Soaring demand for the Zoom video conferencing service far exceeded even the most optimistic Wall Street forecasts in the latest three months, lifting quarterly revenue higher than the San Francisco-based company reported for the whole of 2019.
Zoom, whose name has become almost synonymous with working and learning from home during the pandemic, reported revenues of $663.5m for the period to the end of July, a 355 per cent increase from the year before, and an acceleration from the 270 per cent growth in the early months of the pandemic.
Most analysts had expected quarterly revenue of about $500m. Revenue for the entire last fiscal year, which ended in January, was $623m.
News of the surge in business, and higher financial guidance from the company for the rest of the year, lifted its shares nearly 10 per cent in after-market trading, on top of a 9 per cent increase in the regular trading session. At $356, the shares have more than tripled since the coronavirus crisis first hit stock prices.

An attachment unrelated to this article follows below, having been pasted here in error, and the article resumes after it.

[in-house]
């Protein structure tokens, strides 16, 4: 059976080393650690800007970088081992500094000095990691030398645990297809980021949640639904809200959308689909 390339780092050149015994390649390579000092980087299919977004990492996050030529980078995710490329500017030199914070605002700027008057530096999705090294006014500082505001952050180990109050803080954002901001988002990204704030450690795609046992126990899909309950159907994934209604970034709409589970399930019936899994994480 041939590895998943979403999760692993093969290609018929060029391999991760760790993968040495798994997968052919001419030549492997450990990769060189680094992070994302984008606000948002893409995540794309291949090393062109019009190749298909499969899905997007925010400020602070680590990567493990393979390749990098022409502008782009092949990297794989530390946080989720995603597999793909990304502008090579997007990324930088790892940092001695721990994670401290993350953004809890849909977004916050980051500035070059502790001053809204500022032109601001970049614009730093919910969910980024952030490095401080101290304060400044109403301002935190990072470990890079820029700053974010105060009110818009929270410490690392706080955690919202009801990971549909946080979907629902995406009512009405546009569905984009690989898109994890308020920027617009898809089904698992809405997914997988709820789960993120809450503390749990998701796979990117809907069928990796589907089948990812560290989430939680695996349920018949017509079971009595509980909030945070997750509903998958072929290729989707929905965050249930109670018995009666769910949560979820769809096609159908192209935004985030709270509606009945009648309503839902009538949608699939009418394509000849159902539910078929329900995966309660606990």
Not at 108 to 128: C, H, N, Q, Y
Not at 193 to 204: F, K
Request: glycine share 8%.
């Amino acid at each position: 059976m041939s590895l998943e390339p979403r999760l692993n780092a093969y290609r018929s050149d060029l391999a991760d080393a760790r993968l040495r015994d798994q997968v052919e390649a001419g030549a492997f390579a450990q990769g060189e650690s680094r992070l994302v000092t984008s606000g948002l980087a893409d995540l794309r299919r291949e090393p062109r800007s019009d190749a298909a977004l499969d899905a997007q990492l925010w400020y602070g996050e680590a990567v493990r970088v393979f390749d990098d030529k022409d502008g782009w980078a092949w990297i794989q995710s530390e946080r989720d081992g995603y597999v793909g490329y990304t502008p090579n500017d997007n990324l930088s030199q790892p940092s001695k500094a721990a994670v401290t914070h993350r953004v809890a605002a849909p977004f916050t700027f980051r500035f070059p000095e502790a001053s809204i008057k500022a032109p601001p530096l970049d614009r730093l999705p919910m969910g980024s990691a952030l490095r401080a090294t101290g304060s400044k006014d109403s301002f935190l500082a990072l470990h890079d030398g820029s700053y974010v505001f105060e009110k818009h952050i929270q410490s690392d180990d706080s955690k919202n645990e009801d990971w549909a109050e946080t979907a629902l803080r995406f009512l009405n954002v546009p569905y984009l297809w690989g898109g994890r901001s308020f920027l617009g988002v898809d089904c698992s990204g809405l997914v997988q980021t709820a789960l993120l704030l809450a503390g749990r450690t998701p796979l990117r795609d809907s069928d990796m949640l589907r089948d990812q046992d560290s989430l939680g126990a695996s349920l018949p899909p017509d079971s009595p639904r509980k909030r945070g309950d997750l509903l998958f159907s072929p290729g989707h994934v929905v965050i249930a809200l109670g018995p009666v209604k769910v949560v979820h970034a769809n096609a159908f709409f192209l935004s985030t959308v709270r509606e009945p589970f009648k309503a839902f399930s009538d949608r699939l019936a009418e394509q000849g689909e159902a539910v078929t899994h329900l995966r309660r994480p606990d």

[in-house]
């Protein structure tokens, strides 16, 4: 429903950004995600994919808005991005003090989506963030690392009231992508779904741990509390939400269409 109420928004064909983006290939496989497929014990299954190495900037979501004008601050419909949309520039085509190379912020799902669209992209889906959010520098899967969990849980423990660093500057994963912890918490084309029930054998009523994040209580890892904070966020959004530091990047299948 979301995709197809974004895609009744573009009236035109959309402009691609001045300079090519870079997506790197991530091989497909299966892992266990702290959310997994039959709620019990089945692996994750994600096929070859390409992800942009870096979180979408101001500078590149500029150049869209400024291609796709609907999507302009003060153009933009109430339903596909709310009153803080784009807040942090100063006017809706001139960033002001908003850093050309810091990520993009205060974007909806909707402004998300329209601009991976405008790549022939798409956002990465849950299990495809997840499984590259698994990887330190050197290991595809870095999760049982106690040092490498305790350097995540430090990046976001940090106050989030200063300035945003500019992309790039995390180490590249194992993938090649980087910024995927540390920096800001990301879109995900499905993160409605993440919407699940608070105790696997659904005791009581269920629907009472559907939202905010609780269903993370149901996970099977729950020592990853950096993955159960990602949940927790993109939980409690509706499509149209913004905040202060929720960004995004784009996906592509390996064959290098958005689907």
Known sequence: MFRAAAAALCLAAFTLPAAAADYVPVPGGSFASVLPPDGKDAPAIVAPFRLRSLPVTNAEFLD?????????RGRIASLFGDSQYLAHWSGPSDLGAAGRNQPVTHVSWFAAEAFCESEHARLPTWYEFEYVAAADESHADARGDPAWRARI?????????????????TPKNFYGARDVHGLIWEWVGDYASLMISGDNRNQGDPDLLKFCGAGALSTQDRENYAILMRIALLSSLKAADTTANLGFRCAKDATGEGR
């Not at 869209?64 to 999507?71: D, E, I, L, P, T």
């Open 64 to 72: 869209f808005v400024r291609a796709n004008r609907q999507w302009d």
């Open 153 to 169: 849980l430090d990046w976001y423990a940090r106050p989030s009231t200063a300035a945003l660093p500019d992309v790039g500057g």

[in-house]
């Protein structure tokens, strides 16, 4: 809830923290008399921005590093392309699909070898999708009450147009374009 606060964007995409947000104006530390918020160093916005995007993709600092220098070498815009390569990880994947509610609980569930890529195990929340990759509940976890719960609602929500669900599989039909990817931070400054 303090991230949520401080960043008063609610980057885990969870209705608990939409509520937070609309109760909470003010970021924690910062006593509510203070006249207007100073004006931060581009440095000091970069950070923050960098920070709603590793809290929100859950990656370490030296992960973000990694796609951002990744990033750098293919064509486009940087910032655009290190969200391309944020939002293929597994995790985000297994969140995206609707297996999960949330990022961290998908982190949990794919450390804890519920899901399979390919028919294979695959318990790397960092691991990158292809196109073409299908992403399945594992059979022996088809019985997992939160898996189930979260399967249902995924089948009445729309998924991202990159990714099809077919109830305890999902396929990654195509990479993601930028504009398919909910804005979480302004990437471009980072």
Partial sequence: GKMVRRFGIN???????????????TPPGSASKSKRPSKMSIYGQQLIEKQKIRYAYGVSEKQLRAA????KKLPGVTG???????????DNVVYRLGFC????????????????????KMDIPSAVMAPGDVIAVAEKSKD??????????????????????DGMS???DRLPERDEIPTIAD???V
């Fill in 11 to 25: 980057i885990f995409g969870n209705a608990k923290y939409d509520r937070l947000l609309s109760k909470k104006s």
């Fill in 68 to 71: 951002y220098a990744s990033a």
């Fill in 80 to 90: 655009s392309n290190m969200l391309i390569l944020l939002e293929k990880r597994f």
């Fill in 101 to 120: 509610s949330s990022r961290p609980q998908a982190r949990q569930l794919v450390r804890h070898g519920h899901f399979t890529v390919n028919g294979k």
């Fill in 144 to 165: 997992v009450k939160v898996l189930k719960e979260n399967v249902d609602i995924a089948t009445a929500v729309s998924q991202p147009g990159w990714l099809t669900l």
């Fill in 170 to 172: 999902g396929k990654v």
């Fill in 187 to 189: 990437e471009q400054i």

Zoom’s ability to reach a massive new global audience has made it one of the biggest corporate winners from the crisis, though the demand has also proved challenging, leading to a temporary service failure last week just as schools around the US were asking students to log in for classes.
Profits also jumped well ahead of forecasts in the latest period, with pro forma earnings per share — excluding stock compensation benefits and some other costs — reaching 92 cents, up from 8 cents a year before and more than double the 45 cents analysts had expected.
Based on formal accounting principles, net income rose to $186m, from $6m the year before.
For the current fiscal year, Zoom said it expected revenue to reach $2.37bn-$2.39bn, about 30 per cent ahead of analysts’ estimates, with pro forma earnings per share of $2.40-$2.47, or 85 per cent ahead of expectations.